What So Many People Don’t Get About the U.S. Working Class
My father-in-law grew up eating blood soup. He hated it, whether because of the taste or the humiliation, I never knew. His alcoholic father regularly drank up the family wage, and the family was often short on food money. They were evicted from apartment after apartment. He dropped out of school in eighth grade to help support the family. Eventually he got a good, steady job he truly hated, as an inspector in a factory that made those machines that measure humidity levels in museums. Throughout the 1950s and 1960s, he read The Wall Street Journal and voted Republican. For months, the only thing that’s surprised me about Donald Trump is my friends’ astonishment at his success. One little-known element of that gap is that the white working class (WWC) resents professionals but admires the rich. Michèle Lamont, in The Dignity of Working Men, also found resentment of professionals — but not of the rich. Trump’s blunt talk taps into another blue-collar value: straight talk. J.D.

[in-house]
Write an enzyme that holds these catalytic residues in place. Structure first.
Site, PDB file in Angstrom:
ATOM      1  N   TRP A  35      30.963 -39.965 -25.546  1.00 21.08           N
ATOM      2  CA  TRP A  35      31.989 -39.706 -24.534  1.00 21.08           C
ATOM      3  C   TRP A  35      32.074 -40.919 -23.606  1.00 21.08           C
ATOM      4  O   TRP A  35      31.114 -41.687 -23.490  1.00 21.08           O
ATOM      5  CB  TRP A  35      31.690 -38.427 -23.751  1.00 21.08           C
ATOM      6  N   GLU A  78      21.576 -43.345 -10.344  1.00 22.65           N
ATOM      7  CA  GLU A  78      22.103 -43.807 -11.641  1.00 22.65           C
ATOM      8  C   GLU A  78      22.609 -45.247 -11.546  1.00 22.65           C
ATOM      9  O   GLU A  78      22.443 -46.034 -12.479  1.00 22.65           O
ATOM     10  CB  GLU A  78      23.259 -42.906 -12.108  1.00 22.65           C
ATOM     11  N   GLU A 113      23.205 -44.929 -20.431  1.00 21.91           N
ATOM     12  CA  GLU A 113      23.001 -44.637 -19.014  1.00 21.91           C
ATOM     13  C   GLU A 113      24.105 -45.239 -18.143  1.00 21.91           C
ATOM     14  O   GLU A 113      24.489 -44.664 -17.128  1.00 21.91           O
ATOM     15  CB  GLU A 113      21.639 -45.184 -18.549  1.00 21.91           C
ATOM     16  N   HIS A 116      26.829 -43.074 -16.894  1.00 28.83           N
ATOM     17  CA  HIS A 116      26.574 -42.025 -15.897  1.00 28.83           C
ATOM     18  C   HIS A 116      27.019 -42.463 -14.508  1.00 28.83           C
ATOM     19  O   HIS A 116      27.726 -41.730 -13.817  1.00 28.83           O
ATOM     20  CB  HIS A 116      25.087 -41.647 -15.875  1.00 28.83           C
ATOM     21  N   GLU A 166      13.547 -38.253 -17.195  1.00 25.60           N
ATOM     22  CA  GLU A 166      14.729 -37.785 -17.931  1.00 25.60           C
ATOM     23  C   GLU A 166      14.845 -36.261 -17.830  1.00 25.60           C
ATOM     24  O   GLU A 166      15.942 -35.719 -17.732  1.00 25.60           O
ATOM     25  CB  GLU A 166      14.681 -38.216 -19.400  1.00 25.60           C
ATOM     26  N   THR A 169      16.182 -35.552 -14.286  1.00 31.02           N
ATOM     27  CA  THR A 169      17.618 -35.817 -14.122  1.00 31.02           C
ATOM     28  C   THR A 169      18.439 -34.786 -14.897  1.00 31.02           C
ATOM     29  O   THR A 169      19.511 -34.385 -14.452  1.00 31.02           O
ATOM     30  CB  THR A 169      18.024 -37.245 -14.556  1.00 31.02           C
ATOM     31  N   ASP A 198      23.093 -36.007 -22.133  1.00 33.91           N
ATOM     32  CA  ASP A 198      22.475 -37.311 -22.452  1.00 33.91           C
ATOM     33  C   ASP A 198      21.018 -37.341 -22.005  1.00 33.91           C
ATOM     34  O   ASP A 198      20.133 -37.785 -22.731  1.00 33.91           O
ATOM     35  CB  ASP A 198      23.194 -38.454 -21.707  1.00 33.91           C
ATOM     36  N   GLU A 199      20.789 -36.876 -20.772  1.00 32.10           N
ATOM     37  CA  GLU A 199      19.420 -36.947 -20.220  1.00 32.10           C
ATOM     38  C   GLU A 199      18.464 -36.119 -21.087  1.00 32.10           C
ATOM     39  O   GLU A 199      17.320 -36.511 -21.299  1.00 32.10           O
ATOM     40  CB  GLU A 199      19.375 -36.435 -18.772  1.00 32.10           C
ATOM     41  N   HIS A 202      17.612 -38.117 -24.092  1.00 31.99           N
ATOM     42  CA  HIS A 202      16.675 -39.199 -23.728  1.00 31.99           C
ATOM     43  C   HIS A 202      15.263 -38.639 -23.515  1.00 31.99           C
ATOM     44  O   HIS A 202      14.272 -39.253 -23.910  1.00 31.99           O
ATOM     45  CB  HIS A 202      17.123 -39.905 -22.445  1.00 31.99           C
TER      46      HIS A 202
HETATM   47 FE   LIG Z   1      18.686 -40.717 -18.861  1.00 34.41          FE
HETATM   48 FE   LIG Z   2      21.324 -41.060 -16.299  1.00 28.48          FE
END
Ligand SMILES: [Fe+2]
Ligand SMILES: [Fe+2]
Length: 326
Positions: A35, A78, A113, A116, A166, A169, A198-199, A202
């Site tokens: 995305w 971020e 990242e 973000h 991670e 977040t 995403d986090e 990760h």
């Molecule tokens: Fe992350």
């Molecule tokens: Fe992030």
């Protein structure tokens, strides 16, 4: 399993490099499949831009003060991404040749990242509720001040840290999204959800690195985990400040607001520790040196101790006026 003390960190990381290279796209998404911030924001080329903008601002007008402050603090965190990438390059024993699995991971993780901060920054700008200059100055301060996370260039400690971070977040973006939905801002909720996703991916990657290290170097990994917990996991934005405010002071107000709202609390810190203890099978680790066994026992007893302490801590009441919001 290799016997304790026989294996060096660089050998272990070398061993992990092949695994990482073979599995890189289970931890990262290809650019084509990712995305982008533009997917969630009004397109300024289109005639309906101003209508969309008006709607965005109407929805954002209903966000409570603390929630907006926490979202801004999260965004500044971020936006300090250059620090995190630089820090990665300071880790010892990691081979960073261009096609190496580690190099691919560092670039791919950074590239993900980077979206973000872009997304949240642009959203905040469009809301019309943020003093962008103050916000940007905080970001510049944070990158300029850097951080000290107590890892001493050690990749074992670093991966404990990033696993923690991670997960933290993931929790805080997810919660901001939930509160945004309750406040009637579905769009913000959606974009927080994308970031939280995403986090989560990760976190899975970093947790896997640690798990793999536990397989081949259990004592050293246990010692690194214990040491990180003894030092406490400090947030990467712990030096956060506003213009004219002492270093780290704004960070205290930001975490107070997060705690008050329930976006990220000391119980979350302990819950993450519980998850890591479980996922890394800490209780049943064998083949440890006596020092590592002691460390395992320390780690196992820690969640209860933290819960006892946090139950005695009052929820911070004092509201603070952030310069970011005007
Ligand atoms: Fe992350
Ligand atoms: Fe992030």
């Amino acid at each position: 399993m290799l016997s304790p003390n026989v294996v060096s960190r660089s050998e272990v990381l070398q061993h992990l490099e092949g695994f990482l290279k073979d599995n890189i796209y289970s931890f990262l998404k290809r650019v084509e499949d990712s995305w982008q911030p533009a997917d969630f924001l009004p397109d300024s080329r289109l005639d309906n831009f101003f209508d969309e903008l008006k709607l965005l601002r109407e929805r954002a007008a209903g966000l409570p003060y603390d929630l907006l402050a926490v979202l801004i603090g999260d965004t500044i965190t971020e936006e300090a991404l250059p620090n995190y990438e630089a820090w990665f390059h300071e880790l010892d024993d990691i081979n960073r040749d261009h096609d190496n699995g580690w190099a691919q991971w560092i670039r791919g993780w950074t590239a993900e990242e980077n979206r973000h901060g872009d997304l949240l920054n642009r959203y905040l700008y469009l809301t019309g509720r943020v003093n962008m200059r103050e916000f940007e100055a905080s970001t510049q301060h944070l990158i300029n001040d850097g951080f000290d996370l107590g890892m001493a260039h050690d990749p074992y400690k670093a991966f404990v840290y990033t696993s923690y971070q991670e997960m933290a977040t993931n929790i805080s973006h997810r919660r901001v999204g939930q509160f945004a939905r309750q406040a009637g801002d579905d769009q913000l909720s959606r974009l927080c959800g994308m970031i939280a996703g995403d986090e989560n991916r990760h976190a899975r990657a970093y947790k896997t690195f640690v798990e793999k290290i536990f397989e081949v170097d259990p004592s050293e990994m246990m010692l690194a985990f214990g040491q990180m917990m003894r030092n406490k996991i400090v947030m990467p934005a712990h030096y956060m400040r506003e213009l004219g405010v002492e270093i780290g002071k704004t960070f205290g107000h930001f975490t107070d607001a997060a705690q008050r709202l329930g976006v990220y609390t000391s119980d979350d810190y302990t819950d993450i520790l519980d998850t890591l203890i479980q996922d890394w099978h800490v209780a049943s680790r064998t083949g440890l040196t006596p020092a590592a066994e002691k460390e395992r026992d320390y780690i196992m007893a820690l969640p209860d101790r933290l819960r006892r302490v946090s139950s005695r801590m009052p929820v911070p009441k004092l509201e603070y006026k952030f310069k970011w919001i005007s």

• What the Hell
• Contemporary History